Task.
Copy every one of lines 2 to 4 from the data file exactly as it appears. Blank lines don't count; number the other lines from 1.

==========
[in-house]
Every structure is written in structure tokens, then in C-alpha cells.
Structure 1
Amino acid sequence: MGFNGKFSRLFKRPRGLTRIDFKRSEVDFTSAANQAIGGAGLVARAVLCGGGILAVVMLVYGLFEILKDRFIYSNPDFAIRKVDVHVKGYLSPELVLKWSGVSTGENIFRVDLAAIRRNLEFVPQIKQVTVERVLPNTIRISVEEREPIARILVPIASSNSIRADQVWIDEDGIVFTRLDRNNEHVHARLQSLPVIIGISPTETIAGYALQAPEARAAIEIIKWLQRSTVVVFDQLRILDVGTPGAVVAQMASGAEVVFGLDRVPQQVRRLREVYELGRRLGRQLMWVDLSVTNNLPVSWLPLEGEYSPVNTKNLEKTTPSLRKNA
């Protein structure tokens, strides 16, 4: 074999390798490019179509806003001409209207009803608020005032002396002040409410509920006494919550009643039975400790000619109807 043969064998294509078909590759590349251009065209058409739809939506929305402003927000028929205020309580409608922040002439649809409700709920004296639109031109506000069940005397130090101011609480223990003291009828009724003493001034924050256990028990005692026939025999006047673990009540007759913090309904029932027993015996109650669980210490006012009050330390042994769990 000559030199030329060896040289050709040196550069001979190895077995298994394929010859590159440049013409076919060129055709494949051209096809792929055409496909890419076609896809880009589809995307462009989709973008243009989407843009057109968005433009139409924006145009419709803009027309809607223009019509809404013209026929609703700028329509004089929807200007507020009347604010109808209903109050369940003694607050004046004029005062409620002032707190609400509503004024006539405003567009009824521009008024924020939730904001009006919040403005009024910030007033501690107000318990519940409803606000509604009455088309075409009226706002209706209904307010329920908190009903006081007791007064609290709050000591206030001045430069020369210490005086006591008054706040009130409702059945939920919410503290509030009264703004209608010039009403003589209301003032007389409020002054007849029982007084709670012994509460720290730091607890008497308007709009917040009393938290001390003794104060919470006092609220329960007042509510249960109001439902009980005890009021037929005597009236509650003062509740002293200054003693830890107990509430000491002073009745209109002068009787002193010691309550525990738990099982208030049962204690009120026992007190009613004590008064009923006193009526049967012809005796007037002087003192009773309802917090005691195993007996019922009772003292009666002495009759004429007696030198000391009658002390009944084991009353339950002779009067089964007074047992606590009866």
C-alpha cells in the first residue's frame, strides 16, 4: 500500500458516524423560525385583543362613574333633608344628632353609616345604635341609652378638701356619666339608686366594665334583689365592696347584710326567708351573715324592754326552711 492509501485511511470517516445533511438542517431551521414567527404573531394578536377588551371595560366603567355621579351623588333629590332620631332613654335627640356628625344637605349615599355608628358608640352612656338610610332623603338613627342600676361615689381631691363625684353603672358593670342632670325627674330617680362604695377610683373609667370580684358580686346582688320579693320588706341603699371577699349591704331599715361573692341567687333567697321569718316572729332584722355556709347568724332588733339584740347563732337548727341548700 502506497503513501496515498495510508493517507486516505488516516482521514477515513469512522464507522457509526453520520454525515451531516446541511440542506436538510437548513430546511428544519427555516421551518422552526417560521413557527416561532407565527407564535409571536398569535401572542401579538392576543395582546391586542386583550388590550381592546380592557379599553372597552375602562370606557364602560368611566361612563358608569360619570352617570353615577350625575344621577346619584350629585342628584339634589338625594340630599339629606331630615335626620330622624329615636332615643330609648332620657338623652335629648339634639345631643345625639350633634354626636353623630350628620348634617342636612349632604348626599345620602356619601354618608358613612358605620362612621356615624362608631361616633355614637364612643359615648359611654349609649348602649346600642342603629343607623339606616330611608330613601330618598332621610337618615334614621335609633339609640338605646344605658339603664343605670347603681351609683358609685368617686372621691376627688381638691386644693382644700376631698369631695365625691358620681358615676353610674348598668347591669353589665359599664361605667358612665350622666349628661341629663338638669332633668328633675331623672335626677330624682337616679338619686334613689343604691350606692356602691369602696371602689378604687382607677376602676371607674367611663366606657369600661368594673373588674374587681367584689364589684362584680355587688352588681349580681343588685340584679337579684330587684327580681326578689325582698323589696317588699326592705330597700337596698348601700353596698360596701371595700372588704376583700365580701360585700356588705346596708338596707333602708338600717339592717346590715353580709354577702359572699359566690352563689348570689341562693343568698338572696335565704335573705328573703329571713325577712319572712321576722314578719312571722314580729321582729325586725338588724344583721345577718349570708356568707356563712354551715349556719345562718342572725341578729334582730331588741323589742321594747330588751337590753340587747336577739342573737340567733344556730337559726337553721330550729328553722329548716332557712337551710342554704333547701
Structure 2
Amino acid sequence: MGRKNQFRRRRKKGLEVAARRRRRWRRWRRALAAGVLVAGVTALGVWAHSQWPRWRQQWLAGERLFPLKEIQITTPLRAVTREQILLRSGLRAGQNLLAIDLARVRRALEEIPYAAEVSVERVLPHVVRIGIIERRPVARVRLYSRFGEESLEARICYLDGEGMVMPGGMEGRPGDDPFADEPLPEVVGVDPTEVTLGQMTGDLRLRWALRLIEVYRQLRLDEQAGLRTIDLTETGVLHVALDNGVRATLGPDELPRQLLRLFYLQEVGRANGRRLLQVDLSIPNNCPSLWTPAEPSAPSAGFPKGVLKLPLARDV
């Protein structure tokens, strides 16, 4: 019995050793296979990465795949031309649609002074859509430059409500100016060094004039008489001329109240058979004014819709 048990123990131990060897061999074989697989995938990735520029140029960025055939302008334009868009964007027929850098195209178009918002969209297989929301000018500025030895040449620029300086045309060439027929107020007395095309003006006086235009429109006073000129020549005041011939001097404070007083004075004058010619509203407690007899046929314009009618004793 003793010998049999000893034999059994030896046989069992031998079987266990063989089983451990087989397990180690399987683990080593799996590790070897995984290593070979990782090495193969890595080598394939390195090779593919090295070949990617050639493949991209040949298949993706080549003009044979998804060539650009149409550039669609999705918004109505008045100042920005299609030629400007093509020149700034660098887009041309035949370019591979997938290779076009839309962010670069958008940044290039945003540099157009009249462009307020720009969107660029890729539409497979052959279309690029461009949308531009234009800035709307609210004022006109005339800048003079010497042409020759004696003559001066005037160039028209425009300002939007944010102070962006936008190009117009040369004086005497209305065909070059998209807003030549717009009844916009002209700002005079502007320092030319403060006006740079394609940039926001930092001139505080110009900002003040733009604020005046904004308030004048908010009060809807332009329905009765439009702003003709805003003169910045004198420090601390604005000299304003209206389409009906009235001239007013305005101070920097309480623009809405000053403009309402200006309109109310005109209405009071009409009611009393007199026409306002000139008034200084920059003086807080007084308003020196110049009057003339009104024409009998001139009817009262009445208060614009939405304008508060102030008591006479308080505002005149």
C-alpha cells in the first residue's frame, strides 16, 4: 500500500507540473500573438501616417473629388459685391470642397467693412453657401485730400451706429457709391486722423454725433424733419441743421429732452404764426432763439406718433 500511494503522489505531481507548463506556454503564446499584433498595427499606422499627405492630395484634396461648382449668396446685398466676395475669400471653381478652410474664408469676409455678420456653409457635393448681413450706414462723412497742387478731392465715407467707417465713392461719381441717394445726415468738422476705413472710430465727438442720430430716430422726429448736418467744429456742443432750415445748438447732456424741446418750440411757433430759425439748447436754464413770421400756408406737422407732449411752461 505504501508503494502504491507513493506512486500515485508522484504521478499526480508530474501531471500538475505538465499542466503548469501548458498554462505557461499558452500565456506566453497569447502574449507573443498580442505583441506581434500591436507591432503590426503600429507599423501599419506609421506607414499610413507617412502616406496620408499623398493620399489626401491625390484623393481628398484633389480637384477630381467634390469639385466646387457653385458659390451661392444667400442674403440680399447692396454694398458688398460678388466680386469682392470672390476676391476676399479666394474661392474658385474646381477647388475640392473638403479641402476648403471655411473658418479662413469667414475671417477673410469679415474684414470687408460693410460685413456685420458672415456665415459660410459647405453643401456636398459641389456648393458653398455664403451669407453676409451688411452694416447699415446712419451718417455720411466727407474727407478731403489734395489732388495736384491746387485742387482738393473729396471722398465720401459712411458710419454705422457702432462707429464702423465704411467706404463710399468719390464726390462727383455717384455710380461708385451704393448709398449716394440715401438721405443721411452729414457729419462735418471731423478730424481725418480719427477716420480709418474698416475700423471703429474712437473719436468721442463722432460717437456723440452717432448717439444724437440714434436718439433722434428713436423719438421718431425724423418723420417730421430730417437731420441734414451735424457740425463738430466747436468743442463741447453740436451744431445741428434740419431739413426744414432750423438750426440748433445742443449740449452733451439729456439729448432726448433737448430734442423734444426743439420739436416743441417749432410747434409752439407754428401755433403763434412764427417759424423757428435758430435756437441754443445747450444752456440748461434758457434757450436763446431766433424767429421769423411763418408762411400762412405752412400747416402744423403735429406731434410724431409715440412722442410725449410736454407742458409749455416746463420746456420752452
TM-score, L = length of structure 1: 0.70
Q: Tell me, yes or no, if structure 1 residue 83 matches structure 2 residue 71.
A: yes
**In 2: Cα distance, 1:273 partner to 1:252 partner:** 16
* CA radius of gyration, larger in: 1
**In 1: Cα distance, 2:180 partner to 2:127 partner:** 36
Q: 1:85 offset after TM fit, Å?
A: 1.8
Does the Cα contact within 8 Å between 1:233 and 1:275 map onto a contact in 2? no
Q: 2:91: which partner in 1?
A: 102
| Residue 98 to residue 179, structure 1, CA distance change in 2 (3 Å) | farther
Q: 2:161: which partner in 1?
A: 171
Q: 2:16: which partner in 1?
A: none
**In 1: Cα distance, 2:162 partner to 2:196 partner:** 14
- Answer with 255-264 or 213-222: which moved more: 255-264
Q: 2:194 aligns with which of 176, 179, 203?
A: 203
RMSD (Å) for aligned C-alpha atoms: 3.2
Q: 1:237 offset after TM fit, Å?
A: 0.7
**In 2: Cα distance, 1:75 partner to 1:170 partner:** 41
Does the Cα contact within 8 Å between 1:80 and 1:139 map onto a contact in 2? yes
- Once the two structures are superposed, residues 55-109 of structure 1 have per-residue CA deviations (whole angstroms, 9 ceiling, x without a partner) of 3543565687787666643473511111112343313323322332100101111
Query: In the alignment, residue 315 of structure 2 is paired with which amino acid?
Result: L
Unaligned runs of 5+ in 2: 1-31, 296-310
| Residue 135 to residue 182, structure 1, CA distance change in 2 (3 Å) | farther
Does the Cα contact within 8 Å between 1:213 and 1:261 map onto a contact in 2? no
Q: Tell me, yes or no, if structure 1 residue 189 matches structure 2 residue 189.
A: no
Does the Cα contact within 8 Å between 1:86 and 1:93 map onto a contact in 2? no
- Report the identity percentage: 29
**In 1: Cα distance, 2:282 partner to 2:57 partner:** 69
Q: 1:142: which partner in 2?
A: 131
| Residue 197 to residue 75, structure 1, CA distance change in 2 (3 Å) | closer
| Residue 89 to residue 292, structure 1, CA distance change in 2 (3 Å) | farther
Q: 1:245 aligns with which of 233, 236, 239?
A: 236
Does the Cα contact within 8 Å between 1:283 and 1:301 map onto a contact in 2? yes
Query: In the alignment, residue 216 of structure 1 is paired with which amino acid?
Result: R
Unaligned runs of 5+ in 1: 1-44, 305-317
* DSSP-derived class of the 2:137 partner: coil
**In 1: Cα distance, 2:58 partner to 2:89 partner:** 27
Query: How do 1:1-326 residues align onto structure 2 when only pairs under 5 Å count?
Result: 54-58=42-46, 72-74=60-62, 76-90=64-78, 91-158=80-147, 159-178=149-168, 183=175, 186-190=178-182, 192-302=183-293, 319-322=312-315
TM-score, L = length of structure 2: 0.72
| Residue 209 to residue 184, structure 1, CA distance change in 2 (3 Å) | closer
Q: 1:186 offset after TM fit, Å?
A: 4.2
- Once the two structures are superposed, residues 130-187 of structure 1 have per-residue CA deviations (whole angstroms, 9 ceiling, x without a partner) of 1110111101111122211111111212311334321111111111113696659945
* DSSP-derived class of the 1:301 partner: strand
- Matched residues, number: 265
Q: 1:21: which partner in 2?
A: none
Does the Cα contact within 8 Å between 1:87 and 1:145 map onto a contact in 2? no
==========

Every structure is written in structure tokens, then in C-alpha cells.
Structure 1
Amino acid sequence: MGFNGKFSRLFKRPRGLTRIDFKRSEVDFTSAANQAIGGAGLVARAVLCGGGILAVVMLVYGLFEILKDRFIYSNPDFAIRKVDVHVKGYLSPELVLKWSGVSTGENIFRVDLAAIRRNLEFVPQIKQVTVERVLPNTIRISVEEREPIARILVPIASSNSIRADQVWIDEDGIVFTRLDRNNEHVHARLQSLPVIIGISPTETIAGYALQAPEARAAIEIIKWLQRSTVVVFDQLRILDVGTPGAVVAQMASGAEVVFGLDRVPQQVRRLREVYELGRRLGRQLMWVDLSVTNNLPVSWLPLEGEYSPVNTKNLEKTTPSLRKNA